A Savage Place  
A Savage Place cover
Series Spenser
Publisher Delacorte Press
Publication date 1981
Media type hardcover
ISBN 0-440-08094-0
Preceded by Early Autumn
Followed by Ceremony

Cover InformationEdit

"For Joan
No one is as interesting,
nor nearly so luminous"

Taken from the back cover of the paperback edition

TV reporter Candy Sloan has eyes the color of cornflowers and legs that stretch all the way to heaven. She also has somebody threatening to rearrange her lovely face if she keeps on snooping into charges of Hollywood racketeering.
Spenser's job is to keep Candy healthy until she breaks the biggest story of her career. But her star witness has just bowed out with three bullets in his chest, two tough guys have doubled up to test Spenser's skill with his fists, and Candy is about to use her own sweet body as live bait in a deadly romantic game--a game that may cost Spenser his life."

Recurring CharactersEdit

  • Rachel Wallace (cf. Looking for Rachel Wallace) makes a brief appearance when she recommends Spenser as a bodyguard to Candy.
  • Lt. Samuelson is the Homicide detective looking in on several bodies that pop up while Spenser is in town. He's essentially the LA equivalent of Lt. Quirk, even down to his sense of humor and grudging admiration for OFG.
  • The dark-haired art director across the street from Spenser's office puts in a brief appearance again, when Spenser waves across the way. No, really! She'll become more important soon, trust me!
  • Sgt. Belson is briefly mentioned, when Samuelson runs a check on Spenser, but we don't actually meet him or speak to him in the story.
  • Oddly enough, there is only a very brief mention of Susan in the whole story, and only as "someone Spenser is attached to." Nothing else. More on that later in this page.

Unanswered QuestionsEdit

  • OK, if Brewster was not at home after coming back from the oil fields, and he hadn't been to the office by the time Spenser had been both places, where did he spend the night? Second home? Hotel? With another sweet thang who was as good in bed as Candy? Idle prying minds want to know...

Literary References, or "The Annotated Gumshoe"Edit

Thanks to Chris McLaren for some of these.

  • Significance of the title: "A savage place! as holy and enchanted / As e'er beneath a waning moon was haunted / By woman wailing for her demon-lover!" - Samuel Taylor Coleridge, Kubla Khan [1798]. See Poetry. What it means, I don't know. Awesome poem, tho, especially if you're a Rush fan... :-) Bill Lambert writes: "This is a reference to California. Spenser leaves his known universe for the great unknown, and for the first time we see him fail. Some bodyguard." I like it! Thanks, Bill!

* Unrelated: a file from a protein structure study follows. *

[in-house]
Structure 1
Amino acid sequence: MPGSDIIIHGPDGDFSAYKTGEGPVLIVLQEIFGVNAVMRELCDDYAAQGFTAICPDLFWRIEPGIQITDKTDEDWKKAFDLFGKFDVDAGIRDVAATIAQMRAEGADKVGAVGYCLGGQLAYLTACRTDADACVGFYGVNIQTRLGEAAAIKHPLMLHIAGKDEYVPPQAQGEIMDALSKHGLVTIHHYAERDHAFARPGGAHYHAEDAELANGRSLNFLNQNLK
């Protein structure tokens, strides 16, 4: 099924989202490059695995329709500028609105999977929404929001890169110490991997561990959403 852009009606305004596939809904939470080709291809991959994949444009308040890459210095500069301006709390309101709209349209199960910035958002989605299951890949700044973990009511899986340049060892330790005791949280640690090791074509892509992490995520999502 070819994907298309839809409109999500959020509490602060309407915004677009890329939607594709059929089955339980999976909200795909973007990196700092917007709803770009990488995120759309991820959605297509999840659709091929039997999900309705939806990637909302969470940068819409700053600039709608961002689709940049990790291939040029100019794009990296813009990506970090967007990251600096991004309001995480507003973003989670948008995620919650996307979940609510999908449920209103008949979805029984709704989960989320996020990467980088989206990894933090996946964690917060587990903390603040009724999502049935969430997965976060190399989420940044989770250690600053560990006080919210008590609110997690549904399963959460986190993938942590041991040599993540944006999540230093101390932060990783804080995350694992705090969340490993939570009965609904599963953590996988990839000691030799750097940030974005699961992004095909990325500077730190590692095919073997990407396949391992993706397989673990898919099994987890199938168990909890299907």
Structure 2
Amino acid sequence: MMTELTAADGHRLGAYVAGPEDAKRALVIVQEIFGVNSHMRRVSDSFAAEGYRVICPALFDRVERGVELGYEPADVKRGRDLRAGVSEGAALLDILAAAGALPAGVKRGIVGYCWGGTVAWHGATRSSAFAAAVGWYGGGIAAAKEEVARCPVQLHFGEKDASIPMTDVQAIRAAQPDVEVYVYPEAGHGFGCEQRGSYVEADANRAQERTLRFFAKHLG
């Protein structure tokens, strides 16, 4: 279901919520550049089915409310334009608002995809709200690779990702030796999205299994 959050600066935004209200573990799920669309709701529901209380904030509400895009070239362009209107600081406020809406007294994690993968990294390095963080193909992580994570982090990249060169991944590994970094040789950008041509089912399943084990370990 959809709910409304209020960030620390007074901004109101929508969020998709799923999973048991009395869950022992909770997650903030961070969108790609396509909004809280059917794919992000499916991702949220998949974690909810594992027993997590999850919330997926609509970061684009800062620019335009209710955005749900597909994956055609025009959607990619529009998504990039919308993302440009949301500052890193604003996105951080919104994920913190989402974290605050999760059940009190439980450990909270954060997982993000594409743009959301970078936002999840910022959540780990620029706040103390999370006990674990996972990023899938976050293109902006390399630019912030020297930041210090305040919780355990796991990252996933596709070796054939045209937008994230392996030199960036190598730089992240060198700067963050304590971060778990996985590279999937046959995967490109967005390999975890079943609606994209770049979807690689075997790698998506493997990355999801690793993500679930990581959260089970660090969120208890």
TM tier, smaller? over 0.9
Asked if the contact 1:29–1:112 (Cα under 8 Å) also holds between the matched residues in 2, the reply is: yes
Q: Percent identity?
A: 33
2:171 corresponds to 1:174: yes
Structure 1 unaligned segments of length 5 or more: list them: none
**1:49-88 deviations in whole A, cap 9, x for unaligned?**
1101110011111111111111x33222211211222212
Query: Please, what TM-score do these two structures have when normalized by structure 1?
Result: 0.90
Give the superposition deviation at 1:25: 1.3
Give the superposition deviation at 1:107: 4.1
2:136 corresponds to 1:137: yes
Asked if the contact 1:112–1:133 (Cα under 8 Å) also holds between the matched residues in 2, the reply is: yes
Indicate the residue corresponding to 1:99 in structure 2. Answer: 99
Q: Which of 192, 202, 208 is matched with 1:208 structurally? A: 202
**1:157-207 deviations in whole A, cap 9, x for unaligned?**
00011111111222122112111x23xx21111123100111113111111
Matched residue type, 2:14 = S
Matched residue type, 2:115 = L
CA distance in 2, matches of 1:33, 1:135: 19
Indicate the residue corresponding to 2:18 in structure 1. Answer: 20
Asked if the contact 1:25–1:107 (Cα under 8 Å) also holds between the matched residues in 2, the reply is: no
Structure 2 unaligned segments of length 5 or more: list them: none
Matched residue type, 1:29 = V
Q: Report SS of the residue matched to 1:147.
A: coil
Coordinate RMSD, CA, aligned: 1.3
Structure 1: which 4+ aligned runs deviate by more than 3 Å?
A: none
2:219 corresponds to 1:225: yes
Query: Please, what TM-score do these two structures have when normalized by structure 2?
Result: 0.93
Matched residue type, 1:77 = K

Chapter 1:

  • "Once you have found her never let her go" - How many times did I read right past that before Iain Campbell pointed it out? It's from the song Some Enchanted Evening by Rogers and Hammerstein in the musical South Pacific. See Lyrics

Chapter 2:

  • "I've been everywhere before, sweetheart." - I caught this reference to Spenser's flawless Humphrey Bogart impression in Hush Money years later but Hisao Tomihari discovered it here. I still can't remember which movie it's from.
  • "If I see a purloined letter lying about" - Iain notes that he is referring to The Purloined Letter by Edgar Allen Poe.
  • "While it is true that I can leap tall buildings at a single bound, and while, in fact, I am more powerful than a locomotive, it is not true that I am faster than a speeding bullet." - A reference to the Superman comics.

Chapter 6:

  • "It's because my heart is pure" - Hisao Tomihari found this one. See Oft Quoted
  • "We'll have to go dwell in the plains, east of Eden" - Iain reminds me that it's from Genesis 4:16 "And Cain went out from the presence of the Lord, and dwelt in the land of Nod, on the East of Eden."

Chapter 9:

  • "I was born in a trunk in the Princess Theatre in Pocatello, Idaho." - So sang the lead character Vickie Lester in the 1955 musical A Star is Born. Although Harold Arlen and Ira Gershwin wrote most of the music this song was written by Leonard Gershe. See Lyrics
  • "Because they're there." - Hisao Tomihari found this one. See Oft Quoted
  • "It would be like playing tennis with the net down." - Hisao Tomihari notes that Parker is referring to the famous quotation by Robert Frost: "For my pleasure I had as soon write free verse as play tennis with the net down." It's the same sentiment as "Death is the mother of beauty." See Oft Quoted